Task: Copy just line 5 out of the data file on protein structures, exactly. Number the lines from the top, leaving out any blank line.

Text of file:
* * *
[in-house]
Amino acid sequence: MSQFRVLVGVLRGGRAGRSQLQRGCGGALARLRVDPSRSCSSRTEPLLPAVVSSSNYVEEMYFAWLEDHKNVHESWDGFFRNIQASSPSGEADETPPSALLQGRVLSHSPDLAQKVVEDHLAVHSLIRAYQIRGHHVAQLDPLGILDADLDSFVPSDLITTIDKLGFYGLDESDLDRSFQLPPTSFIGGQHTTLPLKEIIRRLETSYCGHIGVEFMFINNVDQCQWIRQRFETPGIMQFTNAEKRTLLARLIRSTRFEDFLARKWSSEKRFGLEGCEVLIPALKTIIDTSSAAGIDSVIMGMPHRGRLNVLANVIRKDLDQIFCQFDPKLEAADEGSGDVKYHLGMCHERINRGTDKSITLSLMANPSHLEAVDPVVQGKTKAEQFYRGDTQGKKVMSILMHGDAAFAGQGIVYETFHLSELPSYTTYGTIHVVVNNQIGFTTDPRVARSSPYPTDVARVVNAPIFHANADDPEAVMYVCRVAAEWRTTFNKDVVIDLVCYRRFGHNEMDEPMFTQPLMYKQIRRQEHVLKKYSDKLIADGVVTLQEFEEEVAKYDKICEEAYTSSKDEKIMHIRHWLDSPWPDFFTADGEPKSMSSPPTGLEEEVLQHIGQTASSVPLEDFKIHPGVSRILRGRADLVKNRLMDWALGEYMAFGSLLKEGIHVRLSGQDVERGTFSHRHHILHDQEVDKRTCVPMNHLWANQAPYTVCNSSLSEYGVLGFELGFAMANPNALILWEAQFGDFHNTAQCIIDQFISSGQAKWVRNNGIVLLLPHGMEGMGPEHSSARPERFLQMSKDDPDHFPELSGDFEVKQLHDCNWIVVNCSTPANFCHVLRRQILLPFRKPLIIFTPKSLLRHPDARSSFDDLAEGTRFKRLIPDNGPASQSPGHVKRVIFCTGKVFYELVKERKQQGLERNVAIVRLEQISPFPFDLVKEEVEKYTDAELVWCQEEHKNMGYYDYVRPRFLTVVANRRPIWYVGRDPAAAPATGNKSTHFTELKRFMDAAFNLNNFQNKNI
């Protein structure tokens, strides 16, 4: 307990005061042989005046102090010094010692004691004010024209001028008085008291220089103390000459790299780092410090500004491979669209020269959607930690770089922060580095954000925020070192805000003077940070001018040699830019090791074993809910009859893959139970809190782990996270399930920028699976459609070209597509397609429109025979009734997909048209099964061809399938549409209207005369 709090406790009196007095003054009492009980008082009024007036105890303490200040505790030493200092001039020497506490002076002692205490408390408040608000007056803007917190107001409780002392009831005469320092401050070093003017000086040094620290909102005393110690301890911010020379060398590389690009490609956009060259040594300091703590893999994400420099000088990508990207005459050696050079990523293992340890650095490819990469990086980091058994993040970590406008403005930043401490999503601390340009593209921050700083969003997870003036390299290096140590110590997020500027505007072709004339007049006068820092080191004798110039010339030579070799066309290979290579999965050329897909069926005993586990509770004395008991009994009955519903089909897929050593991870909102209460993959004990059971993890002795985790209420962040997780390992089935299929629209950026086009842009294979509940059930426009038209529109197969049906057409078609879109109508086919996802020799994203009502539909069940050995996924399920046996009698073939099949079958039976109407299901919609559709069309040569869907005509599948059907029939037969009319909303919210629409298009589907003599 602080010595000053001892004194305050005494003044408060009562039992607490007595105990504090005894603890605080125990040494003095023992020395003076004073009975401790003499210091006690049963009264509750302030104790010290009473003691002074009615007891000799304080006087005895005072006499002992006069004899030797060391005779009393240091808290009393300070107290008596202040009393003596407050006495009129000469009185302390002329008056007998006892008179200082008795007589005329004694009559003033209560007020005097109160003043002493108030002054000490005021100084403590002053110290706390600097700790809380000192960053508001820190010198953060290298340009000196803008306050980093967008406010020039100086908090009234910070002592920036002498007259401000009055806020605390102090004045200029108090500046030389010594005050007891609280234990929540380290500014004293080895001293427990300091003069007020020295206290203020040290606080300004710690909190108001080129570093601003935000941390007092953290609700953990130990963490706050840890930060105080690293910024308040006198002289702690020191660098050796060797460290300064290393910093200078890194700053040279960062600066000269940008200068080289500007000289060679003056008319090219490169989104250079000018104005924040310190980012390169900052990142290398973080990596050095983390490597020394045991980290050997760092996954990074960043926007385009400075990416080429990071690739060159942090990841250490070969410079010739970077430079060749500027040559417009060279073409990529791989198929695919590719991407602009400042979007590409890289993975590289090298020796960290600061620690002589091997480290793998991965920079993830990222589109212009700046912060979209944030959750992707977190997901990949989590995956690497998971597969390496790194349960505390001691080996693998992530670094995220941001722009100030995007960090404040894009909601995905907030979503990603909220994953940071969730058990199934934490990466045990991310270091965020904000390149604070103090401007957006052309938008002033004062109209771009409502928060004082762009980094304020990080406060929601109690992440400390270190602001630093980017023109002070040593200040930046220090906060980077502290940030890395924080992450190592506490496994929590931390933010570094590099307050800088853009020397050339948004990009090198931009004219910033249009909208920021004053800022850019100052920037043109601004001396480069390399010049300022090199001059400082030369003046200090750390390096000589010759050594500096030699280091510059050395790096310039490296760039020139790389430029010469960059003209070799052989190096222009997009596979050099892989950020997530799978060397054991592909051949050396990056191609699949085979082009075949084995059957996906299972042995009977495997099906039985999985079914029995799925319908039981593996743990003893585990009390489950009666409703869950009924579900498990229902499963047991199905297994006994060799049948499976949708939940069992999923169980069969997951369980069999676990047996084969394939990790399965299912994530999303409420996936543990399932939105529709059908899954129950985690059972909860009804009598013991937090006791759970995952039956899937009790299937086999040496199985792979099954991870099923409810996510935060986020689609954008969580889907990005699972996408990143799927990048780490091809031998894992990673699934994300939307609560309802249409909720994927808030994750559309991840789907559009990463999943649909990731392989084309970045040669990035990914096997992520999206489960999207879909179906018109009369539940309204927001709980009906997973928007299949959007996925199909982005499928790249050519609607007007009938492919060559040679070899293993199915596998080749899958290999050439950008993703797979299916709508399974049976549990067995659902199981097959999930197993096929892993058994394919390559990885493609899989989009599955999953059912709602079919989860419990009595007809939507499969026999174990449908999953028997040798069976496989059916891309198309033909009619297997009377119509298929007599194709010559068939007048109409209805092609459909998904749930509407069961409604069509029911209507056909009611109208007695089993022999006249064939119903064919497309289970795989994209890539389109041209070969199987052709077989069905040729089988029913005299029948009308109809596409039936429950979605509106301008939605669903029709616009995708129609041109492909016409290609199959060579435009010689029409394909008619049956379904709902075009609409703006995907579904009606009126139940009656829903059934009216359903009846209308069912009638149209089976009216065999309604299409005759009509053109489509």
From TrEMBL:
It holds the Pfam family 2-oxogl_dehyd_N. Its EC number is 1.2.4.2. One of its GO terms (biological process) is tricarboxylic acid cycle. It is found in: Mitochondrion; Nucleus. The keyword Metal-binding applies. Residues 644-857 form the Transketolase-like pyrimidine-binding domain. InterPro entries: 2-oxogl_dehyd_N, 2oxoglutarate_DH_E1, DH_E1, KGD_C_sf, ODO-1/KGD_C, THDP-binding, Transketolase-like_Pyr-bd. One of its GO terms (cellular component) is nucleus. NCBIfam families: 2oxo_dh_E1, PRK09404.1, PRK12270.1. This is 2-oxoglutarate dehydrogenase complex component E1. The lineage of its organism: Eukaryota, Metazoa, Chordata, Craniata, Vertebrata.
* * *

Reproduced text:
It holds the Pfam family 2-oxogl_dehyd_N. Its EC number is 1.2.4.2. One of its GO terms (biological process) is tricarboxylic acid cycle. It is found in: Mitochondrion; Nucleus. The keyword Metal-binding applies. Residues 644-857 form the Transketolase-like pyrimidine-binding domain. InterPro entries: 2-oxogl_dehyd_N, 2oxoglutarate_DH_E1, DH_E1, KGD_C_sf, ODO-1/KGD_C, THDP-binding, Transketolase-like_Pyr-bd. One of its GO terms (cellular component) is nucleus. NCBIfam families: 2oxo_dh_E1, PRK09404.1, PRK12270.1. This is 2-oxoglutarate dehydrogenase complex component E1. The lineage of its organism: Eukaryota, Metazoa, Chordata, Craniata, Vertebrata.